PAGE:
See your dentist every six months for thorough examinations and cleaning. Inform your dentist of any discomfort you have noticed with your teeth or mouth. Consult a dentist immediately if you suffer from swollen or bleeding gums, continuous tooth pain or excessive bad breath.
A little bit of time and care — at home and on the road — can help you maintain your smile and avoid serious infection. A balanced diet, along with regular visits to your dentist, can further guarantee your general health. For more information, visit www.cdc.gov or www.ada.org.
How to Floss
• Take 18 inches of floss and wind it around a middle finger of each hand, leaving a few inches taut between them.
• Hold floss between thumbs and forefingers.
• Gently guide floss between your teeth.
• Curve floss into a “C” shape against one tooth.
• Gently slide it into the space between gum and tooth.
• Floss with 8–10 vertical strokes along side of the tooth.
• Floss all teeth, including behind back molars.
• Floss at least once a day, especially before bed.
• Floss either before or after brushing.
• After flossing, rinse with water or mouthwash.
• You may experience bleeding at first. This is normal and will lessen.
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ForwardKeys.com found an increase of 4.5 percent in 2019 was significantly slower than the 6 percent growth in 2018 and the average over the last decade of 6.8 percent per year. The increase last year was less than expected, but projections for quarter one of 2020 is more optimistic. Bookings are expected to grow 8.3 percent when compared to the same period in 2019.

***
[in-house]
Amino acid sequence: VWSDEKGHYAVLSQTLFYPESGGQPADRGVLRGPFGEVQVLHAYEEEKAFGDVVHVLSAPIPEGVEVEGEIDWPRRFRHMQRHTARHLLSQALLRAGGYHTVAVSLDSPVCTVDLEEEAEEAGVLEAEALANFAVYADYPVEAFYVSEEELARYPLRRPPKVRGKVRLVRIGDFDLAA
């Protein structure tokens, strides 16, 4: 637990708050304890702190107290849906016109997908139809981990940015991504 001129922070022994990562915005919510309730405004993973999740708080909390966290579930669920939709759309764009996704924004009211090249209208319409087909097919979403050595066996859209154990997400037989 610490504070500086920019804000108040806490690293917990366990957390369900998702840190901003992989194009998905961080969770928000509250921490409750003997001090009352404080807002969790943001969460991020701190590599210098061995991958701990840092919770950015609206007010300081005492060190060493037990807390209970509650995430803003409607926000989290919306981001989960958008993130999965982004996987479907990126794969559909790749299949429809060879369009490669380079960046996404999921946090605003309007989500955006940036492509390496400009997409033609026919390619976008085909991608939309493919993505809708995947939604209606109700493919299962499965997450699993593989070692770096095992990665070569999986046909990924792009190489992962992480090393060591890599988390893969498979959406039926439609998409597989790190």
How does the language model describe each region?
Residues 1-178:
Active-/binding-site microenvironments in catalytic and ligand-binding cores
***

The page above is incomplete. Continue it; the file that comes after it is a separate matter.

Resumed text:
Château Élan Winery & Resort reopened in Braselton, Georgia, following a $25 million comprehensive renovation. The first major refurbishment since the resort’s inception in the mid-1980s pays homage to the estate's 16th-century charm, while taking the property into the future. Now, the resort offers 251 brand-new guestrooms and 24 suites, four new food and beverage venues, an immersive spa, pool terrace and new lobby. The winery likewise received a facelift.
Since 1970, Goway Travel has been committed to providing customized travel experiences for world travelers. Few things are better evidence of this commitment than being awarded the 2019 Trazees award for Favorite Tour Operator. Goway Travel heartily thanks the readers of Trazee Travel for this honor and for their confidence in Goway’s work in creating travel memories that’ll last a lifetime.
JetBlue kicked off service to Guadeloupe (PTP) this month. Flights began Feb. 1 from New York City (JFK). JetBlue is the only airline to offer flights between the Northeast and the Caribbean island. Flights are around four and a half hours.
The city took its name from Athena, goddess of wisdom, strategy and war, and protector of the city. The financial, political and administrative center of the country and an all-powerful city-state in antiquity, Athens is a major center of culture. A visit to the first-ever museum dedicated to Byzantium, a stroll around the National Garden and a trip to the Olympeion archaeological site will take you back through time.